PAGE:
Speech given at U.S. Congressional Briefing on
One of the primary missions of the Ohio Environmental Protection Agency is to carry-out key provisions of the Nation’s Clean Water Act (CWA). The CWA calls for states to report on the quality of their respective waters; this report is commonly known as the 305(b) report. The CWA also requires states to develop a list of water bodies identified as polluted – the 303(d) list, and to formulate plans to restore beneficial uses to listed waters. Ohio EPA is recognized as having one of the leading water quality monitoring programs in the nation. This recognition is borne, in part, by the low error rate Ohio EPA has in classifying water bodies as either meeting or not meeting basic Clean Water Act goals. A low error rate is obviously important in that we want to avoid wasting resources on spurious 303(d) listings (that is, listing water bodies as polluted when, in fact, they are not), and conversely, we want to avoid failing to identify polluted waters. Ohio EPA’s low error rate is accomplished by making decisions in a science-based, data-rich environment. The USGS NAWQA program helps Ohio EPA make informed water resource management decisions by providing information from independent water quality studies, advancing the science of water quality monitoring, and through collaborative studies and sharing of technical expertise for the study of water quality problems. The Miami NAWQA, in particular, has contributed in each of these areas.
Independent verification of study results is the bedrock
foundation of science, and is common practice in laboratory studies. However, given the cost, resource demands, and
multiplicity of often competing objectives, water quality studies of whole
catchments, on the scale of those performed by NAWQA and Ohio EPA, are seldom
reproduced independently. NAWQA is one
of the few programs that provide this vital piece of science. For example, an Ohio EPA Total Maximum Daily
Load (TMDL) study determined that the
In a similar vein, the Miami NAWQA study of urbanization and stream quality drew comparable conclusions to an Ohio EPA state-wide study of effects from urbanization, confirming the importance of maintaining riparian buffers and stream physical habitat. This finding has clear implications in drawing guidelines for suburban development. It is timely with respect to several on-going Ohio EPA TMDL studies, particularly the Big Darby Creek TMDL. Big Darby Creek has been designated by American Rivers as one of the ten most imperiled rivers in our nation because it is threatened by suburbanization. The NAWQA study was able to confirm what Ohio EPA could only conclude inferentially, that a significant part of the cause of poor biological quality in urbanized catchments is due to loadings of insecticides, polycyclic aromatic hydrocarbons (PAHs) and heavy metals. This later finding was supported by the exchange of data between USGS and Ohio EPA. These findings are important because many researchers focus mainly on the consequences of hydrologic alteration affected by impervious surfaces and ignore water quality. Knowing the importance of water chemistry to aquatic ecosystems helps Ohio EPA assign with greater confidence the causes and sources of pollution to impaired waters appearing on the 303(d) list.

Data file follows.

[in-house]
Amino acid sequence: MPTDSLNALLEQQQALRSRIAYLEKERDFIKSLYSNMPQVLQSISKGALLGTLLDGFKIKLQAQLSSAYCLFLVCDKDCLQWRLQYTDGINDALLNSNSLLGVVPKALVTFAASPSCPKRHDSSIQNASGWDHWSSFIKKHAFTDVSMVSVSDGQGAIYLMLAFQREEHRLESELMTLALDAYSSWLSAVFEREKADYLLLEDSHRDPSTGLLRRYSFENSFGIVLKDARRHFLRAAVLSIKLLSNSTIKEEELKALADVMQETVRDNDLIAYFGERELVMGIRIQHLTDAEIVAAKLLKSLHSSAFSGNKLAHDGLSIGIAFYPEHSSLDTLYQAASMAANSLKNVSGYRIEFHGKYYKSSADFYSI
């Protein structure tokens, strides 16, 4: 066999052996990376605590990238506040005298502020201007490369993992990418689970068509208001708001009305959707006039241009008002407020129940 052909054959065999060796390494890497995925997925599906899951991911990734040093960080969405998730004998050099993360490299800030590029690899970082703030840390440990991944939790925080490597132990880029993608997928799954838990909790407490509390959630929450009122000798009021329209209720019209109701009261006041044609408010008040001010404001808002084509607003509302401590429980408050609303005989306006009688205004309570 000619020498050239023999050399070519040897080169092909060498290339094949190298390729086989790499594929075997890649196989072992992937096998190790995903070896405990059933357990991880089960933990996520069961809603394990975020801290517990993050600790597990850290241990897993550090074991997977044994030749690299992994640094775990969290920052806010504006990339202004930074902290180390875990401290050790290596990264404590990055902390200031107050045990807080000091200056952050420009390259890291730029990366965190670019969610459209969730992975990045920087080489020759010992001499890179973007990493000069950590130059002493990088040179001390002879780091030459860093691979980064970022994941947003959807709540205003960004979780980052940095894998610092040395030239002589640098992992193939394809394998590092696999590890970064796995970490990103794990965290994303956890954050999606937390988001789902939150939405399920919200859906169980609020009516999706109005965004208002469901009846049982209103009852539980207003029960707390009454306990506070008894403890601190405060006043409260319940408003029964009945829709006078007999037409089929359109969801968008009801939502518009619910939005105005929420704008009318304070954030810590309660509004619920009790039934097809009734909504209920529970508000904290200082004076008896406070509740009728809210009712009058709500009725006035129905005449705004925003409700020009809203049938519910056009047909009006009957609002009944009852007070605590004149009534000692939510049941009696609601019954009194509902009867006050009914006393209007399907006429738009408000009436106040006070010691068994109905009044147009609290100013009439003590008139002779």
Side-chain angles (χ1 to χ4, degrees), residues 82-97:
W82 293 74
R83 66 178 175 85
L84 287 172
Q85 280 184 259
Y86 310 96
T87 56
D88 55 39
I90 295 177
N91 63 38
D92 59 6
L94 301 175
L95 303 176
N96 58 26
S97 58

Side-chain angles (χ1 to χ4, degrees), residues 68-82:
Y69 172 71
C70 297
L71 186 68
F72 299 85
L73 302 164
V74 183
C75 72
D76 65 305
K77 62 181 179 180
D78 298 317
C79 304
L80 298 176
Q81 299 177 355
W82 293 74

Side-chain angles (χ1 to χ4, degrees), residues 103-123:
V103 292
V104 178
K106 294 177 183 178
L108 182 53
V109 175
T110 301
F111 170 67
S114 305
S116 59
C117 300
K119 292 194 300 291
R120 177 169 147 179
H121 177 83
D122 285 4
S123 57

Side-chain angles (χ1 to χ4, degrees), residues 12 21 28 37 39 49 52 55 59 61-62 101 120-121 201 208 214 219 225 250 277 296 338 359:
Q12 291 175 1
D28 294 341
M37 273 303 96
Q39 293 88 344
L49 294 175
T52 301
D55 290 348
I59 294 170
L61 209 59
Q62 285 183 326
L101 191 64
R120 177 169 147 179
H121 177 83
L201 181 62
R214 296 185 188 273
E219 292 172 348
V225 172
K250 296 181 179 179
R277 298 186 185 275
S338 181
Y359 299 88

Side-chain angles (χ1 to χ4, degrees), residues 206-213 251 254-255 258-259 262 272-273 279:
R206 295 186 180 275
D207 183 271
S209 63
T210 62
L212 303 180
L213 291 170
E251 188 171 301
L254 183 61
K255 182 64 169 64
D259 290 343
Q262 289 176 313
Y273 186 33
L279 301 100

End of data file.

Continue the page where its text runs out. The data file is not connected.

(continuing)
Without NAWQA’s findings water pollution impacts in urban areas would have been under-diagnosed by Ohio EPA’s routine survey methods. NAWQA studies sample fewer sites more intensively within a given geographic area. Ohio EPA samples more extensively but with less intensity at any given site. Obviously the two study approaches are geared toward achieving different specific objectives, but together prove complimentary. For example, Ohio EPA’s large inventory of stream data throughout the GMR basin was helpful in guiding site selection and data interpretation for the intensive USGS urban gradient study, the results of which, in turn have helped Ohio EPA better understand urban streams as just described.
Lastly, by providing technical expertise developed within
the NAWQA program, and through collaborative study, USGS has helped shape Ohio
EPA’s on-going efforts toward developing TMDLs, nutrient water quality
standards, and monitoring of non-point pollution. Ohio EPA has adopted methods for sampling and
quantifying periphyton communities developed by the NAWQA program and described
by Dr. Julie Hambrook that are currently being applied to the study of nutrient
enrichment in Ohio’s rivers and streams.
Furthermore, USGS has shared data and sample splits from a similar study
In summary, the NAWQA program provides essential scientific functions to Ohio EPA that would otherwise be lacking, and so not only provides timely and useful water quality information, but furthers the mission of other resource agencies.